Vincent had only a few friends in the small town of Arles and the postman Roulin and his family were among those few.  Joseph Roulin, the family patriarch whose portrait Vincent had captured in July of 1888, lived around the corner and up the street from Vincent’s yellow house. He mentions in a summer letter how he hoped to one day paint their newborn if the family would only sit for him.  In December of that year, he was pleased to announce that he had finally completed portraits of each member of the family, including the now five month old baby Marcelle.   In this canvas, Madame Augustine Roulin poses her baby as Vincent makes the child the focus of the composition.  He shades the mother Roulin into the background  and side of the view (aside from her centered and steadying hands on the swaddled Marcelle).  By selecting Compare, one can see in another similar portrait of mother and child he paints a week or two later, Vincent has the time to better proportion his subjects and the poses look more natural.  The related items are the other members of the Roulin family.
Roulin was not a mailman whom Vincent would see every day, rather he worked at the train station as the “Entreposeur des Postes” and lived nearby.  He saw in Roulin the fiery political stance of his old friend Pere Tanguy, the socialist paint supply shop owner to the post-impressionists back in Paris.  Vincent drank absinthe and wine by night in the cafe around the corner from his rented yellow house and the postman Roulin was a regular customer of Madame Ginoux, Vincent’s landlord and manager of the cafe.  The two struck up a friendship deeper than most for Vincent and it was Roulin who helped him after the incident with Gauguin in late December and the mutilation of his ear.  Roulin stood at Vincent’s side when most of Arles shunned and ridiculed the prickly “red haired Dutchman” painter who had come to their ancient roman city with his eccentric ways.
  Vincent is being influenced at the time he paints baby Marcelle Roulin by the recently arrived Gauguin and his young painting friend from Cormon, Emile Bernard and their pursuit of symbolism.  Mother Roulin is mystically portrayed with exaggerated coloring steering away from realism in the portrayal.  In the coming months, his letters to brother Theo show Vincent gave up this imaginative/recollective path to capturing the essence of his subject as being too dangerous mentally.  His canvases from Saint Remy and later Auvers Sur Oise show a movement back towards using varying brushstrokes and shapes, color combinations and thickness of paint application to portray what he saw and felt.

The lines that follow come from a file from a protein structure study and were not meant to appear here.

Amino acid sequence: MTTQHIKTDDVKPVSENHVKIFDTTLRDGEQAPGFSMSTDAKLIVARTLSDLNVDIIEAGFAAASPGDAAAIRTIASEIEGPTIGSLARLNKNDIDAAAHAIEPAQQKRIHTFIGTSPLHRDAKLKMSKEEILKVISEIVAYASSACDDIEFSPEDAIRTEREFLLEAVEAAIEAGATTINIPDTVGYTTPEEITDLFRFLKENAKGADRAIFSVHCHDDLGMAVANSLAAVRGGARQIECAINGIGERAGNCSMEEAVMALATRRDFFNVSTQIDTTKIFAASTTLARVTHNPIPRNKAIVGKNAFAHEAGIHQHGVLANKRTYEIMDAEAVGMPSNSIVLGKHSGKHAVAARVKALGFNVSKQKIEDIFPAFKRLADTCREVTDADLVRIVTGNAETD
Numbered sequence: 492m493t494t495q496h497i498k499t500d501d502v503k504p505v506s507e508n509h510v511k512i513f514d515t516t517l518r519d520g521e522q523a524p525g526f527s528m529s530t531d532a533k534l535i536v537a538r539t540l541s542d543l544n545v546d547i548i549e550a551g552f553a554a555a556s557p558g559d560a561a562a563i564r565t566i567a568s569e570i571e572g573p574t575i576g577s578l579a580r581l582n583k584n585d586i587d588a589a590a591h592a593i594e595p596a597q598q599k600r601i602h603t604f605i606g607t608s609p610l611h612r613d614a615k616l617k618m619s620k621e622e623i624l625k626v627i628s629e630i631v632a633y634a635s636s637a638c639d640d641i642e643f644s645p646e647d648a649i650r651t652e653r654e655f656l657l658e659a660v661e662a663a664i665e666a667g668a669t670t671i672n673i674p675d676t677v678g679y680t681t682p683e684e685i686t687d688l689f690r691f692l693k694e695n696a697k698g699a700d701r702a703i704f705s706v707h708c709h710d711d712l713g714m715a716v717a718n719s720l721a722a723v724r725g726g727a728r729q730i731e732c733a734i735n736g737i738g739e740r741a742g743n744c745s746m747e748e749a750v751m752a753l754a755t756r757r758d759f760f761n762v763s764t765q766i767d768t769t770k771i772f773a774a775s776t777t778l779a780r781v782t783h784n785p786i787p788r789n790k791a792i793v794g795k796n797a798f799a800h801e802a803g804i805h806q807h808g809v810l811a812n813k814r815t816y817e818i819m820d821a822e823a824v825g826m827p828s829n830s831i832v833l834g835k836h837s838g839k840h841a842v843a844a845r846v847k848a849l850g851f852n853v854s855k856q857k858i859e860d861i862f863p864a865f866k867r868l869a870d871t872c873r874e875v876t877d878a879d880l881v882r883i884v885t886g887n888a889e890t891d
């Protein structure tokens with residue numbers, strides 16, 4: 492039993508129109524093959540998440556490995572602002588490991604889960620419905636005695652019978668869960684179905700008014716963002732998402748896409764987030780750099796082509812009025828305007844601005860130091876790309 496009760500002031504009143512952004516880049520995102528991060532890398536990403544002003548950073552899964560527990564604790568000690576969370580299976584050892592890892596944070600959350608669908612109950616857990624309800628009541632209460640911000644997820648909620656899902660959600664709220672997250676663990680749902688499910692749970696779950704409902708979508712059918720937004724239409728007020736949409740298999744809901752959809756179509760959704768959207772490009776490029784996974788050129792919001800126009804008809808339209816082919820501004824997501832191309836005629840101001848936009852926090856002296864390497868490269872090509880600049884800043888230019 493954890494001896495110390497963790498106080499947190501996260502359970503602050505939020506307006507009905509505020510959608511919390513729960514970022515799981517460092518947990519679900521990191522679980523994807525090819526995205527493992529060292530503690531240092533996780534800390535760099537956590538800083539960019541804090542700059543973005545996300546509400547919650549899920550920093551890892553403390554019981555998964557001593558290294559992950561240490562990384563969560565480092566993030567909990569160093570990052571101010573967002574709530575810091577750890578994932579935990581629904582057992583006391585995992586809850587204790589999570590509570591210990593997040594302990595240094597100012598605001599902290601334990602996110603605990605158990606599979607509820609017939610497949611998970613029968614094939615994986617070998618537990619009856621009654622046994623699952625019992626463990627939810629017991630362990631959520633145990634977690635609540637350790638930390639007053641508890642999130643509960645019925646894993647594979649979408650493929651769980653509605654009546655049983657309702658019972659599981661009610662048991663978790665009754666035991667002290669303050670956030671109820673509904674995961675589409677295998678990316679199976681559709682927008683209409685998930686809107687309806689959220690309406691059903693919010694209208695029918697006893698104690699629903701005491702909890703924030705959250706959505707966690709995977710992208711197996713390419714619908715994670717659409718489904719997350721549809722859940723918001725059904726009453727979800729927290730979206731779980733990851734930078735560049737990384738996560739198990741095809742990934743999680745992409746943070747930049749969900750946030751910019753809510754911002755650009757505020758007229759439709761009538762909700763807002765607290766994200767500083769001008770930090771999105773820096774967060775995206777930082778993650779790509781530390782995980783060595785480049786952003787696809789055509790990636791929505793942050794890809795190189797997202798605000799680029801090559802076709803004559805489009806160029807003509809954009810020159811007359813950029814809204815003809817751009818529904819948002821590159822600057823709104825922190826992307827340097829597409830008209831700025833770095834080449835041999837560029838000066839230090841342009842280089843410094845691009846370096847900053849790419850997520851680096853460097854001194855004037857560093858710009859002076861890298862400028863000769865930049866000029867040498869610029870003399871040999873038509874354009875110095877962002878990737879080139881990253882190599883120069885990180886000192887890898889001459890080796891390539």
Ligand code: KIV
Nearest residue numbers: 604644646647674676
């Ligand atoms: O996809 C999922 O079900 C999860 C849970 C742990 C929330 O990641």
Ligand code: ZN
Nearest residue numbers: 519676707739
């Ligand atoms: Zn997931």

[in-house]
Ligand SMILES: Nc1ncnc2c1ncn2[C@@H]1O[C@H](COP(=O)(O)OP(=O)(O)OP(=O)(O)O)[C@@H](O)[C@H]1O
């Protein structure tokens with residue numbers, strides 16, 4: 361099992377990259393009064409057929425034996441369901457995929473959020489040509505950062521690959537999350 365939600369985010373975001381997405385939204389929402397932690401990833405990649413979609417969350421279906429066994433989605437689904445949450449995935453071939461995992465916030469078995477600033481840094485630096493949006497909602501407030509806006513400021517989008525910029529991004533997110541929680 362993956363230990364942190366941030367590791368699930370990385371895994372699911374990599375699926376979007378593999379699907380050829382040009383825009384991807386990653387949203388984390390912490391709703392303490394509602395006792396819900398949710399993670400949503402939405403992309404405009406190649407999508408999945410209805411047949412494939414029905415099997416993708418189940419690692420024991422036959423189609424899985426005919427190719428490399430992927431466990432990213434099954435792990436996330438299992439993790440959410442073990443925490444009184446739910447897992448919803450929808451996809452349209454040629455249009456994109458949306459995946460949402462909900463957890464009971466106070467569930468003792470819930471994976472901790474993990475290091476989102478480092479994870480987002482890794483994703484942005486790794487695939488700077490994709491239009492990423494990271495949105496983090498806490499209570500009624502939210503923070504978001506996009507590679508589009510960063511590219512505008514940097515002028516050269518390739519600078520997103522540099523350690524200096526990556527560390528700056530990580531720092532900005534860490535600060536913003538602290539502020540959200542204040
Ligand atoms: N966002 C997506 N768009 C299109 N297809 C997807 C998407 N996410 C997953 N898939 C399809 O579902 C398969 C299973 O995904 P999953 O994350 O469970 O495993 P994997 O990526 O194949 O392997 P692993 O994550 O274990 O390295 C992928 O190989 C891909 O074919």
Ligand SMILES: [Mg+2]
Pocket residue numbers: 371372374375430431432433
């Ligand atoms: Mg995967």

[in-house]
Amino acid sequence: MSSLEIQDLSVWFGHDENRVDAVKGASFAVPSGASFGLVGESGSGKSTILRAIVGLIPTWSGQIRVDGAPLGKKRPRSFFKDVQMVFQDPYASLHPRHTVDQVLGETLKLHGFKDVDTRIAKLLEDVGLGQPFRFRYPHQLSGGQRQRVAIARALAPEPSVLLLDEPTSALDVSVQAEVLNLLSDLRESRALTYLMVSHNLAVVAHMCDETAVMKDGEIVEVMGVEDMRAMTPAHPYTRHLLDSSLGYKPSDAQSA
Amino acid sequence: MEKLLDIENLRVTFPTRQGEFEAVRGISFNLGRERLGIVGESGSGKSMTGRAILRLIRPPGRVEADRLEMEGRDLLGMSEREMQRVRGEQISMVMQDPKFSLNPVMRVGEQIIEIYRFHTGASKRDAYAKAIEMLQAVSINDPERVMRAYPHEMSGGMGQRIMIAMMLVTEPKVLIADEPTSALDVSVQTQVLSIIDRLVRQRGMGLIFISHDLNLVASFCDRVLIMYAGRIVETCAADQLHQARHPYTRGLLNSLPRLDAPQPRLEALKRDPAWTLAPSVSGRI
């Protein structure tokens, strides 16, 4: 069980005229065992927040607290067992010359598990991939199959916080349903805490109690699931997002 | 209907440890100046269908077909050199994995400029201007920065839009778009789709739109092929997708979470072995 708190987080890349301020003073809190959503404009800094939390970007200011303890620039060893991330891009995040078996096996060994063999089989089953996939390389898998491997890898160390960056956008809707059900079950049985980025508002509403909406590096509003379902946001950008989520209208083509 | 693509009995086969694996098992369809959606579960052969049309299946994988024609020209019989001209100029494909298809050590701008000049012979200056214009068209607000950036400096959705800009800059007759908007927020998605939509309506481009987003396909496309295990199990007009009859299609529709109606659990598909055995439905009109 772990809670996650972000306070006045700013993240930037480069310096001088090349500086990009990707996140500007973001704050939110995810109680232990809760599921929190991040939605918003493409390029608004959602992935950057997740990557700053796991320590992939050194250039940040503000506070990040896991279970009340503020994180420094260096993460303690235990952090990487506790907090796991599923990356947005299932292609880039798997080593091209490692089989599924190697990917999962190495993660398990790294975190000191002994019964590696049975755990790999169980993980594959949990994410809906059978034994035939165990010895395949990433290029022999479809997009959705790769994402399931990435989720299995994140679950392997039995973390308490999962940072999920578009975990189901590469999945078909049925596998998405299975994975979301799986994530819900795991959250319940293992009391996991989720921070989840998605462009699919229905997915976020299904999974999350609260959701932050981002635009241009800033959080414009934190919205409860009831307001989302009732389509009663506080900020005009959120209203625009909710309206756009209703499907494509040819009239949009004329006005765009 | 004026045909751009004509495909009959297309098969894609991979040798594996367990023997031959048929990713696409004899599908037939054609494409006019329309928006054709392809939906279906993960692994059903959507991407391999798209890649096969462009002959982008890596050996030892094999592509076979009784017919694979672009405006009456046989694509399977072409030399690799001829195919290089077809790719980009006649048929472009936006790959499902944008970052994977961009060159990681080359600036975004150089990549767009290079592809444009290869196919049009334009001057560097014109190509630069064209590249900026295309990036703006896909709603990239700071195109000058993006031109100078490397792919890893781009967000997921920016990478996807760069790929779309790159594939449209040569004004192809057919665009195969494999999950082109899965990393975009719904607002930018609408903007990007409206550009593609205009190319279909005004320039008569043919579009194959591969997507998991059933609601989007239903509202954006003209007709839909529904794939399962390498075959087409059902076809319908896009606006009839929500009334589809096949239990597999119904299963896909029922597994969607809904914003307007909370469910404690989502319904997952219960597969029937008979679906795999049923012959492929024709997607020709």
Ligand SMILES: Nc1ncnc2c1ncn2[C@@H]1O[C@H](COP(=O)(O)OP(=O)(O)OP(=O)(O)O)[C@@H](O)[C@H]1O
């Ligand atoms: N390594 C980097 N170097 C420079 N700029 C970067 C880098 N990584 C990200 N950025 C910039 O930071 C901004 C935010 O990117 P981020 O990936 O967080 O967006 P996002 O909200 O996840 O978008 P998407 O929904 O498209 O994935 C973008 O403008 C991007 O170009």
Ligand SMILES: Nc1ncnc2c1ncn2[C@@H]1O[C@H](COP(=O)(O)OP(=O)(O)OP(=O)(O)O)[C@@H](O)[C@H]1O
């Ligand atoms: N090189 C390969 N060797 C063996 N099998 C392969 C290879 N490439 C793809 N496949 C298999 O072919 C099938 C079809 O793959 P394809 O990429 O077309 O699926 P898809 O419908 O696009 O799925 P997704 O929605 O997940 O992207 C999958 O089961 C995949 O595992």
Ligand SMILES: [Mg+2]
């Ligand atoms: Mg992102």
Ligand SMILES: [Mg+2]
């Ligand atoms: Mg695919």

My dear Theo,
On my side, too, it’s more than time that I wrote to you with a rested mind for once. Thanks first of all for your kind letter and for the 100-franc note it contained. Our days pass in working, working always, in the evening we’re worn out and go to the café before retiring to bed early. That’s our existence. Naturally it’s winter here too, although the weather still continues to be very fine from time to time.   But I don’t find it disagreeable to try to work from the imagination, since that permits me not to go out. Working in the heat of a stove doesn’t bother me, but only I’ve spoiled that thing I did of the garden at Nuenen and I feel that habit is also necessary for works of the imagination. But I’ve done the portraits of an entire family, the family of the postman whose head I did before – the man, his wife, the baby, the young boy and the 16-year-old son, all characters and very French, although they have a Russian look. No. 15 canvases You can sense how in my element that makes me feel, and that it consoles me to a certain extent for not being a doctor.
I hope to persevere with this and be able to obtain more serious sittings, which can be paid for with portraits.  And if I manage to do this entire family even better, I’ll have done at least one thing to my taste and personal.